He even covered all the goodies like students getting access to low/no cost Proprietary software. Because it’s like your first hit of crack being free and making you pay once you’re hooked.
All in all it was a very good talk and I’m sure it hit home with many of the students and staff in attendance. I also hope that it will be the begining of even more free software development and usage at RIT.
Since my son will be home from school shortly and I have an errand to run this afternoon, I’ll talk a little bit about my dinner with Stallman in a Part 2 post.
We got started Saturday morning at Seneca@York with an unconfrence/barcamp style pitches.
Right after lunch, Remy DeCausemaker and I did a joint presentation covering the class we’re involved with at RIT.
I kicked things off with the presentation (download) I did for the Ontario GNU Linux Fest a few weeks ago. I didn’t quite fill the 50 minutes at OGLF, and I managed to whip through all of them in about 20 minutes on Saturday.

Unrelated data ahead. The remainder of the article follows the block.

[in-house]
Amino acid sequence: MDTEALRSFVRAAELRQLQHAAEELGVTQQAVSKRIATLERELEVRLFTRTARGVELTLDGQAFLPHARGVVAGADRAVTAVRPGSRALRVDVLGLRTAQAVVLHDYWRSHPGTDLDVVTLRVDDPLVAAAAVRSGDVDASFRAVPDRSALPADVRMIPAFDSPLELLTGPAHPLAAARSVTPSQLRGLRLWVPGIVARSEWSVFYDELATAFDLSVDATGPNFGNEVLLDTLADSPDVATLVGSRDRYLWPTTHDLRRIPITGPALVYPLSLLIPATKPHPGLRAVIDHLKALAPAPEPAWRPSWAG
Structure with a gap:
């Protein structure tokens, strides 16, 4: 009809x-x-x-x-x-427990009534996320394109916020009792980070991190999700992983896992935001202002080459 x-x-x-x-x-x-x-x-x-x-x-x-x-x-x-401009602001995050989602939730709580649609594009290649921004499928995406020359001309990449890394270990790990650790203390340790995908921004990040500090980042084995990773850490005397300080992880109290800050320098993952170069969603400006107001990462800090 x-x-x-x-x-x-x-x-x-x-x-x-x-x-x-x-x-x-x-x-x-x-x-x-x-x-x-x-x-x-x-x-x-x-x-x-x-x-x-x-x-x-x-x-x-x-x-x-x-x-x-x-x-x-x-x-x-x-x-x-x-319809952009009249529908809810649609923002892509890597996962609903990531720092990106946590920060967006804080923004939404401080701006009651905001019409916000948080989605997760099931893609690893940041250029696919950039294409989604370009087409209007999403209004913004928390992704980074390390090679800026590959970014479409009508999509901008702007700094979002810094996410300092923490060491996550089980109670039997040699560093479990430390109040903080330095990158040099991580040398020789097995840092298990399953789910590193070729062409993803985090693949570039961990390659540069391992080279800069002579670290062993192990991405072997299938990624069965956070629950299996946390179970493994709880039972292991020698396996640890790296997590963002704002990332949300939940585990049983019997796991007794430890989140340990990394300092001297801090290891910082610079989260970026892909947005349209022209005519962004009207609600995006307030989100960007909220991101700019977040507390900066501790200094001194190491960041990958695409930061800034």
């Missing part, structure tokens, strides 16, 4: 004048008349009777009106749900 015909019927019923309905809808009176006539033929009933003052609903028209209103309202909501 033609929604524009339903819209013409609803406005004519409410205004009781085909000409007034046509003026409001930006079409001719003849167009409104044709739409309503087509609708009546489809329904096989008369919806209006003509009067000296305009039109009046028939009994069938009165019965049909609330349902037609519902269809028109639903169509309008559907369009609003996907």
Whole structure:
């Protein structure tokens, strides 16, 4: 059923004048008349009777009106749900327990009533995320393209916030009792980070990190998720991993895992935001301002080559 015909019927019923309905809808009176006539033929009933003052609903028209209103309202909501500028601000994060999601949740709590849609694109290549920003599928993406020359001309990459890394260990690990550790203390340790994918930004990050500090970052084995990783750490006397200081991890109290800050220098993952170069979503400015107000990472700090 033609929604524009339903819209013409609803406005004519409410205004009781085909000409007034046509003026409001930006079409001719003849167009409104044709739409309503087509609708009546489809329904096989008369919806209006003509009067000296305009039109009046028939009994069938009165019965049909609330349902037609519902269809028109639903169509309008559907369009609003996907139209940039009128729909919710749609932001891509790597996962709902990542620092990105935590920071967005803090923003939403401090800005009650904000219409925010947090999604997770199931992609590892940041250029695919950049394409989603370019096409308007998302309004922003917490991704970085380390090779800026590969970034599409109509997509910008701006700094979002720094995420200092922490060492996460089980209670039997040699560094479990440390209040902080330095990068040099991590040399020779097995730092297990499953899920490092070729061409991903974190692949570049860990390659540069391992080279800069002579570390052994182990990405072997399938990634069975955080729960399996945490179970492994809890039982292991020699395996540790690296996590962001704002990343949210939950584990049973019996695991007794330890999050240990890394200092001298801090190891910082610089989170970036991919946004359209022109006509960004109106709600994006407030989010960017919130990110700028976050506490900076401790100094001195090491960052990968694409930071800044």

Then Remy brought us up to speed on how he got involved with the class and how his new position as a fellow at RIT fits with his ongoing work with organizations such as the Sunlight Foundation.
We then tag-teamed questions from the group. Everything from gaining a foothold in universities, to the kids getting excused from class on Tuesday if they attend Remy’s upcoming Hack-a-thon.
After the keynote, we all made our way to Dave and Buster’s. I had never heard of the place, but I liked it. If you haven’t been, it reminded me of a grown-ups Chuck E Cheese.
On my way back to my hotel, I was passed by a police car… Then an emergency truck, then a fire truck… “Must be an accident somewhere” I mused to myself.
However, all 3 turn on Wilson Ave… in the direction of my hotel.
Why yes, there was a fire truck parked in the driveway when I arrived moments later.
It was only a dryer fire and I was able to get into my room about 30 minutes later.